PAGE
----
My first day in Pennsylvania had me visiting the botanical garden know as Longwood Gardens, and the amazing private collection called The Kennet Collection. Now, Longwood Gardens is easy to get to, it’s a public place, but the Kennet Collection requires a special invitation from the owner. I have Jim Doyle, the owner of Nature’s Way in Harrisburg, to thank for finagling an invitation, as well as Erick Schmidt, for bugging Jim in the first place. Let’s start with the pics from Longwood, and then to the magical Kennet. 

Longwood Gardens used to be the weekend residence of Pierre S. DuPont, of the DuPont and Nemours family fame. He was 36 when he bought the property, which was a proto-public arboretum at the time that was started by the Pierce Brothers, called Pierce’s Park. It was a public park until about 1906, when the heirs had sold it and all the trees were slated to be felled for lumber. Pierre found out about it and bought the property. And that was just the beginning. 
They just recently refurbished these fountains. Pierre started with this area way back when. While we were there they had a show where the water jets were synced with music. Pretty cool show. 

The trees are old and majestic. I particularly liked the deciduous look to this conifer. But I’m an iconoclast too, remember. 

Speaking of deciduous trees, take a look at this American elm. 
I can’t believe that it’s still alive this far north. Especially with this huge wound. 
There’s this disease called “Dutch Elm Disease” that has decimated the native elms in the USA. 
Elms were a special part of early American life, lining city streets and populating almost every front yard, then an introduced fungus (in lumber used for building houses after WWI, believe it or not), from Europe (originally from Asia though) that is spread by european bark beetles, began killing trees by the thousands. If you’re interested , here’s a good link to read more about the history of the disease. 
Seeing this old elm was a treat. They’re one of my favorite species. 
We have American elms in Florida (the binomial name is ulmus americana. Some people believe that there is a unique cultivar called “floridana” but DNA research shows it’s the same as the species. But they do grow differently down here; smaller, with smaller leaves, so it’s really not too big a mistake to have given it its own varietal name, but with DNA evidence, many plants and trees are being renamed and reclassified and the old timers just don’t like it. And this is one example.  I think it’s funny that there’s pushback, because the renaming process is using real scientific techniques instead of just opinions, like they used to use, and these old timers think it’s a personal insult. They get all huffy and puffy saying things like “I don’t know why they gotta change everything….” next thing you know they’ll be telling everyone to “….get off my damn lawn you whippersnappers!”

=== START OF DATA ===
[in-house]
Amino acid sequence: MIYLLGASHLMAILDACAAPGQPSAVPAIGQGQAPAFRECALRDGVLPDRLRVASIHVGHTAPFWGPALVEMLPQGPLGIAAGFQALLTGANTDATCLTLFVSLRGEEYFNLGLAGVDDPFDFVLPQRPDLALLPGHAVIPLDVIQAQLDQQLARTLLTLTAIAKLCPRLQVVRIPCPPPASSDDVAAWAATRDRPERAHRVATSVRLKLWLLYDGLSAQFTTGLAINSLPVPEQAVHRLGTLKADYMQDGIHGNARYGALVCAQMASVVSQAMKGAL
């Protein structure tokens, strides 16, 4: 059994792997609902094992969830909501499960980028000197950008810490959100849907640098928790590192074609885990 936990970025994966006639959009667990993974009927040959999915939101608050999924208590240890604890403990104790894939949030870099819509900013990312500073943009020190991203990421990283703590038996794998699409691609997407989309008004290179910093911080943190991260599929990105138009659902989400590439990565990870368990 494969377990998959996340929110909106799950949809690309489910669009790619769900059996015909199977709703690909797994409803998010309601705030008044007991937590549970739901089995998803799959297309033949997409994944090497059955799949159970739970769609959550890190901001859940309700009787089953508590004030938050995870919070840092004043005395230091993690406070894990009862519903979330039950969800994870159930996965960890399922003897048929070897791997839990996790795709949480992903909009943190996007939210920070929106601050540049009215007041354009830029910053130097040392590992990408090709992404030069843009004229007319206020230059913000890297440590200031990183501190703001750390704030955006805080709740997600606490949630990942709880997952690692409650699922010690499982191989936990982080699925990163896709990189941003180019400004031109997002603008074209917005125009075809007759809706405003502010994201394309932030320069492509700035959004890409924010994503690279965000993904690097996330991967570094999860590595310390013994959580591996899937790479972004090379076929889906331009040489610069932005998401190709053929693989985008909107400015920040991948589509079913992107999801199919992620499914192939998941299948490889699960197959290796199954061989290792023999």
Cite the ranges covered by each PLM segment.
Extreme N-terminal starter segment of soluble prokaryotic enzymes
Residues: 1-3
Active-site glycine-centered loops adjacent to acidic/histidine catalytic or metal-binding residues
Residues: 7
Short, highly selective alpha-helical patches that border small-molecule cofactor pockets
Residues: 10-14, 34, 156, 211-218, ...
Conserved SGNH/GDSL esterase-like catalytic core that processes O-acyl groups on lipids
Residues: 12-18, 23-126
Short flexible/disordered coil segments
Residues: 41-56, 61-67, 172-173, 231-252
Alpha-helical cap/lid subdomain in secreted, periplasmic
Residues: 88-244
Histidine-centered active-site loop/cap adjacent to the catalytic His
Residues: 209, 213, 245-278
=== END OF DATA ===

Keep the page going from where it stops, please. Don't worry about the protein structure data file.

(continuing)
Here’s a tree I can’t grow. It’s a beech. 

This is what a deciduous tree should look like. 
It’s also why I prefer deciduous and tropicals to conifers. You don’t get root spreads like that on a juniper. 

The property has some huge conservatories, bigger than the houses actually. 
Bananas, and pentas, above, and inside, I was greeted by some shady ladies……not those kind, the tree. What they used to call bucida bursera, which was an incorrect name, it’s proper name is terminalia bursera. But, again, people don’t “believe” it yet. The conservatory was like going home to Florida. Bird of paradise, bromeliads, palm trees, all kinds of plants from the tropics. 

Here’s a “hedge” of ficus microcarpa. 
The same leaf shape as the so-called ginseng ficus (which is just a marketing name for a seedling ficus microcarpa) 

Hanging aerial roots. 

Those vines going up the columns are bougies. 

They’re old vines, the bark is the most gnarly I’ve seen. 

I’m not sure if it’s a characteristic of the variety or just age. 

I was impressed by them nonetheless. 

Looks like an old pine tree, almost. 

Another feature that Longwood is famous for are the water lillies. 

But enough of that. You’re not here to look at regular plants. You want to see the Bonsai collection. 
Well then, here you go: 

They were all under glass, inside,  which may surprise you, but you can actually grow bonsai inside. It’s not easy but, as you will see, it can be done. 

What is amazing to me with these trees are the ages. 
Some of these would be examples of some of the first bonsai started and cultivated in the USA. 

Some are surely imports. And they do have a very classic styling and proportion to them. 

But some are very modern. This was my favorite. A hinoki cypress. 
What’s interesting is that the collection received two hinokis at the same time. The one above and……It’s hard to see but, right behind the greenhouse, towering over it, is the other one. Full sized and big. 

Some of the deciduous were looking rough, it being August. 

Some looked good. 

A crepe myrtle with flowers. We get flowers in Florida early June.